I'd rather write about my dad—an amazing man of remarkable talents and boundless curiosity—but he is too close in time to be an ancestor. However, his family has a few gems in its background.
While my mom is a first-generation American, dad's family stretches back to before the dawn of the United States. Moving back in history through dad's maternal grandmother, we come in the mid-1700s to John Adam Treutlen. Of humble parentage, Treutlen fled Austria with his parents, heading for the religious freedom of Britain's American colonies, settling with other ex-pat Austrians in Georgia. Though he arrived as an indentured servant, his exceptional abilities were noticed, and he was sent to school. He initially became a school teacher, but then started a merchant business. He was appointed a justice of the peace, and then became a surveyor of roads, as the colony grew.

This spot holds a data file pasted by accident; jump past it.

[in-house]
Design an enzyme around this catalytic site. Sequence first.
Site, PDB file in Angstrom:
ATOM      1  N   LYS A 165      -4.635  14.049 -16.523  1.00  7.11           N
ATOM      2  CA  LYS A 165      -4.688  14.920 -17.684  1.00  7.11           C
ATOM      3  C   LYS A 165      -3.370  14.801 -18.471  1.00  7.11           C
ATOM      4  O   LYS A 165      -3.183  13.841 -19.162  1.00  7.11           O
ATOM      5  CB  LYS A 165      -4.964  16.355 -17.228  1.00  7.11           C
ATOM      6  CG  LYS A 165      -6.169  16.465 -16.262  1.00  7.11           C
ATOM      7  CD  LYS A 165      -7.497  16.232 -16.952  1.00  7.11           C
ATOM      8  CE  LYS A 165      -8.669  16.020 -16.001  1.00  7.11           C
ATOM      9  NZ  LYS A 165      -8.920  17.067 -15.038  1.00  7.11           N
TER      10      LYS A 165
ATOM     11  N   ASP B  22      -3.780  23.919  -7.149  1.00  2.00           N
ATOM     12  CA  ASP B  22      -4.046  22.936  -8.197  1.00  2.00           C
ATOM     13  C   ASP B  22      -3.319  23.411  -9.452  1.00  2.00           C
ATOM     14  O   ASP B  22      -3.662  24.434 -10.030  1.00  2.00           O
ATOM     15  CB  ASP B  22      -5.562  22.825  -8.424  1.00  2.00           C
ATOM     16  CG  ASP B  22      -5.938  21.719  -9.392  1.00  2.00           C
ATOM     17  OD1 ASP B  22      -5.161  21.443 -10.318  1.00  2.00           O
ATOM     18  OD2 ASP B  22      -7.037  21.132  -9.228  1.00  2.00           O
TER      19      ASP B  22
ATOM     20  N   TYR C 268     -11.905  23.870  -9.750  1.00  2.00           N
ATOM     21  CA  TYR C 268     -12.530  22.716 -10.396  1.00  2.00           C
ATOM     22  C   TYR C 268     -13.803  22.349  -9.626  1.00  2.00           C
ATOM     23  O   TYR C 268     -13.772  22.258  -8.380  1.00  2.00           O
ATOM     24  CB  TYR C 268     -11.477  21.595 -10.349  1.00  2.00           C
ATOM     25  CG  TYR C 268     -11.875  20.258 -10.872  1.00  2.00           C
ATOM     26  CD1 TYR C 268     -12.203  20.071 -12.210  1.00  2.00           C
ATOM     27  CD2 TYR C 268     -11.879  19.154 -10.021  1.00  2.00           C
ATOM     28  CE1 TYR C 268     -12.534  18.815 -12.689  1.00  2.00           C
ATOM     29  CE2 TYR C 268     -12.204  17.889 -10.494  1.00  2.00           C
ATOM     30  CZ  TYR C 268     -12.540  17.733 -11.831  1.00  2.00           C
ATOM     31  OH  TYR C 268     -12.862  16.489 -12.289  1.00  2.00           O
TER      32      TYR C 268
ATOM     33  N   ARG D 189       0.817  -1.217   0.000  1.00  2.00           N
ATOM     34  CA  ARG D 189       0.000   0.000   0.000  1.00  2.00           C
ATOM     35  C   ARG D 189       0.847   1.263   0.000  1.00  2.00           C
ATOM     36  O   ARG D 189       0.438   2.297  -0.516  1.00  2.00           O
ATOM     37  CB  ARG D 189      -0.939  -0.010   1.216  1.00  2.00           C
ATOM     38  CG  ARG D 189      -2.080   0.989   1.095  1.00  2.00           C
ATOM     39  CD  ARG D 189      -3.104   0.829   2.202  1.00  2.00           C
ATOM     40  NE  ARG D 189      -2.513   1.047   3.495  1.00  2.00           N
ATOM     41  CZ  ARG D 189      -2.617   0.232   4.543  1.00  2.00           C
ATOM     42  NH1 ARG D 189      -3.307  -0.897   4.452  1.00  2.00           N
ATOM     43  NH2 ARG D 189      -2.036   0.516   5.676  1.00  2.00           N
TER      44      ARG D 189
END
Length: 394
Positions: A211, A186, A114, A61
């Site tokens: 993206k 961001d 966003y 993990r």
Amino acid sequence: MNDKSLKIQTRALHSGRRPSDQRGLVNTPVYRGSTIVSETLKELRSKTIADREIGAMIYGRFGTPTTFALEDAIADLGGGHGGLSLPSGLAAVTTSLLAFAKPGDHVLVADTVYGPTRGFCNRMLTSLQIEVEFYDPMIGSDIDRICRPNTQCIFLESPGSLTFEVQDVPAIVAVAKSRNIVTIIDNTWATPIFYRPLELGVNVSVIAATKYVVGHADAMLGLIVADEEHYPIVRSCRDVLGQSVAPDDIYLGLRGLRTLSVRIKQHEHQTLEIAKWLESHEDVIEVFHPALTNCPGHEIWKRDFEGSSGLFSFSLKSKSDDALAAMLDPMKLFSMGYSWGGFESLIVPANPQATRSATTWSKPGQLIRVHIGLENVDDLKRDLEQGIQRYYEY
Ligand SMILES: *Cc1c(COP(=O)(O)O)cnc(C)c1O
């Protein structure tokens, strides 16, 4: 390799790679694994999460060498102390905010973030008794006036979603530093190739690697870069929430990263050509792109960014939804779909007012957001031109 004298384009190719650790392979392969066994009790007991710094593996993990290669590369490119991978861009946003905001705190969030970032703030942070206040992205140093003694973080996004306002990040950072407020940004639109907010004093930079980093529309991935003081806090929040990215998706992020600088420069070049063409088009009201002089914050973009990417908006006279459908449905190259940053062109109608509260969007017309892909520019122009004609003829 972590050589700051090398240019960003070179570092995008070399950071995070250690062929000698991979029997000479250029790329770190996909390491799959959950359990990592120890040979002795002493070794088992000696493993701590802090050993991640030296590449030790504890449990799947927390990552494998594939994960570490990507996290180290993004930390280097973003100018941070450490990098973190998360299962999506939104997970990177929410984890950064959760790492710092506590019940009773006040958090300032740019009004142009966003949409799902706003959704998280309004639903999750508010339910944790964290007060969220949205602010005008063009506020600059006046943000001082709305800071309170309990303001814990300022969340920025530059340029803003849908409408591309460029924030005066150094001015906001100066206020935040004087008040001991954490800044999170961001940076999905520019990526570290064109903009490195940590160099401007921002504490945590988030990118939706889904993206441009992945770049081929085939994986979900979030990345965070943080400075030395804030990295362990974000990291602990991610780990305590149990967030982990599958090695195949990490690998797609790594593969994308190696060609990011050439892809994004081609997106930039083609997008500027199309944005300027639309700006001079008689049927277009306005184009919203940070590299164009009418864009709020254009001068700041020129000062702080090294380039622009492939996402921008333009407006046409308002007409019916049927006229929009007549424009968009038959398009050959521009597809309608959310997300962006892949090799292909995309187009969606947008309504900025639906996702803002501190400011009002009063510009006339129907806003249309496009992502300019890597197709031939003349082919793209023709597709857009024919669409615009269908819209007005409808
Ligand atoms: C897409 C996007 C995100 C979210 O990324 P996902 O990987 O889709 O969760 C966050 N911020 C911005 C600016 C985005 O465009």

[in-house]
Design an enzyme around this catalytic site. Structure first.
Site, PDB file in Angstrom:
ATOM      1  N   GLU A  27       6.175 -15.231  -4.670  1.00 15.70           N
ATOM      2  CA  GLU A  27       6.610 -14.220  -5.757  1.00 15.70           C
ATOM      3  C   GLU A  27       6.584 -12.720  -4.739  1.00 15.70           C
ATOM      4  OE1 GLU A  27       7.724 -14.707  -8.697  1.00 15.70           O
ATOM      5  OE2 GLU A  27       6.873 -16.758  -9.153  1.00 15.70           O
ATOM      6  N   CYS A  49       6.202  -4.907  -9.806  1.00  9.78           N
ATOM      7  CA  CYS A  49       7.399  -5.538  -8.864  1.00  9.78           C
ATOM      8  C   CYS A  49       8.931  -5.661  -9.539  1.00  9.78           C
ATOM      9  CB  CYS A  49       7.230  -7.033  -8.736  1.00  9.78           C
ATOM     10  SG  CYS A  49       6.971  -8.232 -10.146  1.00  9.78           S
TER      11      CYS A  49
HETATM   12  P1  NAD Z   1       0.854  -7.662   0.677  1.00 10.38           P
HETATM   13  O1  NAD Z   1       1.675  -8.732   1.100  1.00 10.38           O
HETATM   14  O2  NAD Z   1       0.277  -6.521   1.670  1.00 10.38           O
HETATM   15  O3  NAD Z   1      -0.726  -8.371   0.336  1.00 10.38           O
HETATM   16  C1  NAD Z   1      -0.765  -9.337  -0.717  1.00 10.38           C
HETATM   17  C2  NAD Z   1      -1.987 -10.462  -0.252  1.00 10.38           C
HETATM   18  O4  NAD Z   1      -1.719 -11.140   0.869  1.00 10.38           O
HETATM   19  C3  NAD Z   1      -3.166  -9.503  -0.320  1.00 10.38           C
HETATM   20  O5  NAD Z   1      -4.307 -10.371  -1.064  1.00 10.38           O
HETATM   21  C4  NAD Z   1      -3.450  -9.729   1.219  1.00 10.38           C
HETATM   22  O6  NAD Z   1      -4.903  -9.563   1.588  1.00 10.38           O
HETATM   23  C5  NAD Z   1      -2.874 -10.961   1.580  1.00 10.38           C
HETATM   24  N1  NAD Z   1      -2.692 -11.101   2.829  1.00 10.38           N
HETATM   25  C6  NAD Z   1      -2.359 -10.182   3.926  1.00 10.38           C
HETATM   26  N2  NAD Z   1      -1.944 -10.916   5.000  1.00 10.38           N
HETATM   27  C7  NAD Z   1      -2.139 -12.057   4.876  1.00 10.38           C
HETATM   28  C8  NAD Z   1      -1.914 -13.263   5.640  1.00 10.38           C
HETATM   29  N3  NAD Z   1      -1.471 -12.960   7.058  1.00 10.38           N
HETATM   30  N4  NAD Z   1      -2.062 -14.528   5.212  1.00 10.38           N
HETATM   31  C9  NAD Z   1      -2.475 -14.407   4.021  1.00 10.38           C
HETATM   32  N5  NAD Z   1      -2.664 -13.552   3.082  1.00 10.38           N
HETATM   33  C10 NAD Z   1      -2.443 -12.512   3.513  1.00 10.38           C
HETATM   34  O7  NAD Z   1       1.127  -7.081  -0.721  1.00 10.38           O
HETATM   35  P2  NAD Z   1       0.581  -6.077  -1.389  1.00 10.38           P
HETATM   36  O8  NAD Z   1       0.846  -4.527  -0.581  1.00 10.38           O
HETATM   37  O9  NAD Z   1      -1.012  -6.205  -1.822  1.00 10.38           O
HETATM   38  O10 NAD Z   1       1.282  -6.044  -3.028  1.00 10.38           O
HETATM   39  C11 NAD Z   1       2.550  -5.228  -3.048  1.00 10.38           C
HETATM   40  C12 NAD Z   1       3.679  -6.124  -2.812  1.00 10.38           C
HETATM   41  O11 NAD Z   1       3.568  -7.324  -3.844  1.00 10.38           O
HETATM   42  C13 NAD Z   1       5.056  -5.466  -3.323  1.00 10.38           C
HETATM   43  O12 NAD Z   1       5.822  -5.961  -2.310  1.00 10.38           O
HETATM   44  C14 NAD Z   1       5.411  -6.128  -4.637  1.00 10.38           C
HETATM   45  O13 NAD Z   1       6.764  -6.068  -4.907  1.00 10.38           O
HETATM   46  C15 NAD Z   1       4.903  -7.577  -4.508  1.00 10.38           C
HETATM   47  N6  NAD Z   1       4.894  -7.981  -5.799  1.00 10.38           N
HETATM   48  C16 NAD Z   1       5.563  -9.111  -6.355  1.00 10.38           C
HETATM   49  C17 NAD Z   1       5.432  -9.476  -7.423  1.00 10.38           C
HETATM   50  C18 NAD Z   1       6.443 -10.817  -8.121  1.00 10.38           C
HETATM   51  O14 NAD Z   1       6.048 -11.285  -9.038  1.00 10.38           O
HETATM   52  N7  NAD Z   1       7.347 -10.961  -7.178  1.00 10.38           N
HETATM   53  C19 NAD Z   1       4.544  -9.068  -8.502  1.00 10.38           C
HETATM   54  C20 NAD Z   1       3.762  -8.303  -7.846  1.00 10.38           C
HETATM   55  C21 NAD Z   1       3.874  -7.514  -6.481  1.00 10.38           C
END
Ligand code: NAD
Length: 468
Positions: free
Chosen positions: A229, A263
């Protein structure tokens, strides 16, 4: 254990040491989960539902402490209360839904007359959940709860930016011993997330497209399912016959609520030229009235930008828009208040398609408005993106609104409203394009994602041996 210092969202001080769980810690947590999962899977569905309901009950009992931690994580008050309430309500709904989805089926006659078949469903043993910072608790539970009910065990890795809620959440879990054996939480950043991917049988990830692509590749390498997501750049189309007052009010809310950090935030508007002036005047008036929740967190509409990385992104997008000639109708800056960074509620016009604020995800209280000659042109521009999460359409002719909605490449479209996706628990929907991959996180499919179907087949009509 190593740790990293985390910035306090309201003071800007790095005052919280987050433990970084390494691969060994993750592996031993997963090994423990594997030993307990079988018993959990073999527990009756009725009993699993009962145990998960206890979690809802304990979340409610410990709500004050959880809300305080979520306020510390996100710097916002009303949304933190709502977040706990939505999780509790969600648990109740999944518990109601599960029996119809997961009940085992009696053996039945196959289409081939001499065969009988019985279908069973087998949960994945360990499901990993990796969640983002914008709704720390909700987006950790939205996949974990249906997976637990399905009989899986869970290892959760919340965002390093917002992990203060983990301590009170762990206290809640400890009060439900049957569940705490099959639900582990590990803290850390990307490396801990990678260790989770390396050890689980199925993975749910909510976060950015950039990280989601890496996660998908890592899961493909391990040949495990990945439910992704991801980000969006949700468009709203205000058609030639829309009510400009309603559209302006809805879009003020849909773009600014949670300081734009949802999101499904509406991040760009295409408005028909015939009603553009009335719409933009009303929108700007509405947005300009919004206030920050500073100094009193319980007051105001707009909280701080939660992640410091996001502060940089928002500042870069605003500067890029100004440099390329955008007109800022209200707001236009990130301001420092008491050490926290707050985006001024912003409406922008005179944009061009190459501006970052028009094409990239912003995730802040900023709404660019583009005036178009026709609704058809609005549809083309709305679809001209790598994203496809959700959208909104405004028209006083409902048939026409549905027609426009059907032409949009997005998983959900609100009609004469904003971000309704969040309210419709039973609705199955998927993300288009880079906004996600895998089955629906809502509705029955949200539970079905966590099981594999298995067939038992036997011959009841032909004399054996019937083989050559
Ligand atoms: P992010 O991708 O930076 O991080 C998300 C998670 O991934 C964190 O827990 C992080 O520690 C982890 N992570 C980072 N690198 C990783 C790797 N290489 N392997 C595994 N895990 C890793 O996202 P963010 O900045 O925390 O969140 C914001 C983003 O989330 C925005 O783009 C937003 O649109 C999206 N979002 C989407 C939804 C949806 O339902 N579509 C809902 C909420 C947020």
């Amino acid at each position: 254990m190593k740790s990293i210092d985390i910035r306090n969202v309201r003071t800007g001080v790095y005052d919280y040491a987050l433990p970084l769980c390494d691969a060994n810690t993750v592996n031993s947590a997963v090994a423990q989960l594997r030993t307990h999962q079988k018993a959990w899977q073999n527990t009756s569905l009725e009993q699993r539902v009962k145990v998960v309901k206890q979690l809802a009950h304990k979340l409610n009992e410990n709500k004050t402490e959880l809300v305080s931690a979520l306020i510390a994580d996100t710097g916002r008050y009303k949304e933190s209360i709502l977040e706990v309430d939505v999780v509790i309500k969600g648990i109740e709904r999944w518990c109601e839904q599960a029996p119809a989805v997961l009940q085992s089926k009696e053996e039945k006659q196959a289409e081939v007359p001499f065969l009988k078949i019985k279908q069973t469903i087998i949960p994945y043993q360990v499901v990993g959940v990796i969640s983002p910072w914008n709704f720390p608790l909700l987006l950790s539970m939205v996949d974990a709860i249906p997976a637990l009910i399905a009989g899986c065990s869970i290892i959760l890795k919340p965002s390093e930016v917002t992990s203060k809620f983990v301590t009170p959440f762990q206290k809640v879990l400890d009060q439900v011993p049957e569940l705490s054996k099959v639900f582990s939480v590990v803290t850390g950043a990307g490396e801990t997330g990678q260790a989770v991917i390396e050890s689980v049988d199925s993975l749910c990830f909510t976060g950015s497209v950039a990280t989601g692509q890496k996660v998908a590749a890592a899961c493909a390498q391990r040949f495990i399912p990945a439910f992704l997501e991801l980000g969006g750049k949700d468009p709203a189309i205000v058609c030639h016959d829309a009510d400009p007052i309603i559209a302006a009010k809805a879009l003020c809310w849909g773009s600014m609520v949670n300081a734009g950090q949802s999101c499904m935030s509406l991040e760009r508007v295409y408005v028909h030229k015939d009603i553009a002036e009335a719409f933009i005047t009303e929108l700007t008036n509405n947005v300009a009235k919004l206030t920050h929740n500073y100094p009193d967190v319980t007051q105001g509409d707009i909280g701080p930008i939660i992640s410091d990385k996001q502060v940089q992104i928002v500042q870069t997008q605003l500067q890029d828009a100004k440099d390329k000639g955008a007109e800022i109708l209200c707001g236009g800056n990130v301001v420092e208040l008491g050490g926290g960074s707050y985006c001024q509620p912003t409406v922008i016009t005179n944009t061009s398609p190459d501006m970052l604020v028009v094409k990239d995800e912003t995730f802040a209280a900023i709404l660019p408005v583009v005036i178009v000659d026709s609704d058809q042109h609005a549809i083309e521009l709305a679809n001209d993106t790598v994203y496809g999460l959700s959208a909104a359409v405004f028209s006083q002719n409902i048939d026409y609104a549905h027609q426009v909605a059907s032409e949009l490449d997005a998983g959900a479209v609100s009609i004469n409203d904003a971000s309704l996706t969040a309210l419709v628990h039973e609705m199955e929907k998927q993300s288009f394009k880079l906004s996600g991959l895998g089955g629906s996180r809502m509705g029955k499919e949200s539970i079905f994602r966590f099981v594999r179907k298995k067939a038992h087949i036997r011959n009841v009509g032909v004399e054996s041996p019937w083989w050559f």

When the colonies began speaking of revolution, Treutlen was drawn to politics. He spent several terms in Georgia Commons House of Assembly in the early 1770s, and when war was immenent, he became one of the leaders of the revolutionary cause in Georgia. Treutlen strongly believed in the ideals of the American Revolution, especially those of equality and freedom. He was immensely popular in his home state and was elected the first governor of Georgia in 1777.
Though he survived the war, Treutlen did not survive peace. In 1782, he was murdered near his home. However, his name lives on, both among his descentants and in Treutlen County, Georgia.
There are no doubt other worthy ancestors who deserve to be memorialized, but I do not know their stories. This is the one I do know. As a historian with a love of the era in which Treutlen lived and acted, it is hard to not to consider him my most interesting ancestor.
Causes Cynthia Clampitt Supports
Feed the Hungry, Project Angel Tree, Wheels for the World, Feed the Poor